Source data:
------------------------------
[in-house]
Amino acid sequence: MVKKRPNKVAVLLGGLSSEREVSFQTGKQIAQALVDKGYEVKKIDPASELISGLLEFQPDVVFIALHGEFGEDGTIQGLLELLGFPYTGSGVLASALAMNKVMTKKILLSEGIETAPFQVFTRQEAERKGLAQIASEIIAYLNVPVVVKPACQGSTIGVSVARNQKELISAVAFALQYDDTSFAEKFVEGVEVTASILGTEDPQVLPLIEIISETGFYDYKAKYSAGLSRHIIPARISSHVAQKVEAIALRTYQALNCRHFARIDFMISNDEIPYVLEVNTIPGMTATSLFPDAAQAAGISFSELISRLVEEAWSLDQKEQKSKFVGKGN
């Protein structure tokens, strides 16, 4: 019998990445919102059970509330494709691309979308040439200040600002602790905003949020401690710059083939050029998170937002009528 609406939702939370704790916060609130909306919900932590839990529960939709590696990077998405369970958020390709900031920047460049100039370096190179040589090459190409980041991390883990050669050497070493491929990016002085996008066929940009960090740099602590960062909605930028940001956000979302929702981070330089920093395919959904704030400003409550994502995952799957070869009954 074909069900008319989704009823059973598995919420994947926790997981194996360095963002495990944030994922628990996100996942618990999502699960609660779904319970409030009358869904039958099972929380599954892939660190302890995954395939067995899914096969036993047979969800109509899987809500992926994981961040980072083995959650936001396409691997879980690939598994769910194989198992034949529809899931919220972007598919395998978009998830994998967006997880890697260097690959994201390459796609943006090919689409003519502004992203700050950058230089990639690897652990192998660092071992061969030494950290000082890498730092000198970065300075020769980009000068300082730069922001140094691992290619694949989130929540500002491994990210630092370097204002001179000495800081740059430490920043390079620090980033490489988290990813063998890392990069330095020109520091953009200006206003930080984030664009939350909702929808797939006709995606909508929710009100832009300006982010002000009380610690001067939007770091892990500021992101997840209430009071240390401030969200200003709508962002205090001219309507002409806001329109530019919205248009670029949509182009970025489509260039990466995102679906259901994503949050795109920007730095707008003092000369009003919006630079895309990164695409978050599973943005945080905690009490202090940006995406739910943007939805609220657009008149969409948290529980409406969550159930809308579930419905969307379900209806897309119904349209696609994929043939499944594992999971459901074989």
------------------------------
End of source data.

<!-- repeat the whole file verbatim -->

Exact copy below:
[in-house]
Amino acid sequence: MVKKRPNKVAVLLGGLSSEREVSFQTGKQIAQALVDKGYEVKKIDPASELISGLLEFQPDVVFIALHGEFGEDGTIQGLLELLGFPYTGSGVLASALAMNKVMTKKILLSEGIETAPFQVFTRQEAERKGLAQIASEIIAYLNVPVVVKPACQGSTIGVSVARNQKELISAVAFALQYDDTSFAEKFVEGVEVTASILGTEDPQVLPLIEIISETGFYDYKAKYSAGLSRHIIPARISSHVAQKVEAIALRTYQALNCRHFARIDFMISNDEIPYVLEVNTIPGMTATSLFPDAAQAAGISFSELISRLVEEAWSLDQKEQKSKFVGKGN
């Protein structure tokens, strides 16, 4: 019998990445919102059970509330494709691309979308040439200040600002602790905003949020401690710059083939050029998170937002009528 609406939702939370704790916060609130909306919900932590839990529960939709590696990077998405369970958020390709900031920047460049100039370096190179040589090459190409980041991390883990050669050497070493491929990016002085996008066929940009960090740099602590960062909605930028940001956000979302929702981070330089920093395919959904704030400003409550994502995952799957070869009954 074909069900008319989704009823059973598995919420994947926790997981194996360095963002495990944030994922628990996100996942618990999502699960609660779904319970409030009358869904039958099972929380599954892939660190302890995954395939067995899914096969036993047979969800109509899987809500992926994981961040980072083995959650936001396409691997879980690939598994769910194989198992034949529809899931919220972007598919395998978009998830994998967006997880890697260097690959994201390459796609943006090919689409003519502004992203700050950058230089990639690897652990192998660092071992061969030494950290000082890498730092000198970065300075020769980009000068300082730069922001140094691992290619694949989130929540500002491994990210630092370097204002001179000495800081740059430490920043390079620090980033490489988290990813063998890392990069330095020109520091953009200006206003930080984030664009939350909702929808797939006709995606909508929710009100832009300006982010002000009380610690001067939007770091892990500021992101997840209430009071240390401030969200200003709508962002205090001219309507002409806001329109530019919205248009670029949509182009970025489509260039990466995102679906259901994503949050795109920007730095707008003092000369009003919006630079895309990164695409978050599973943005945080905690009490202090940006995406739910943007939805609220657009008149969409948290529980409406969550159930809308579930419905969307379900209806897309119904349209696609994929043939499944594992999971459901074989």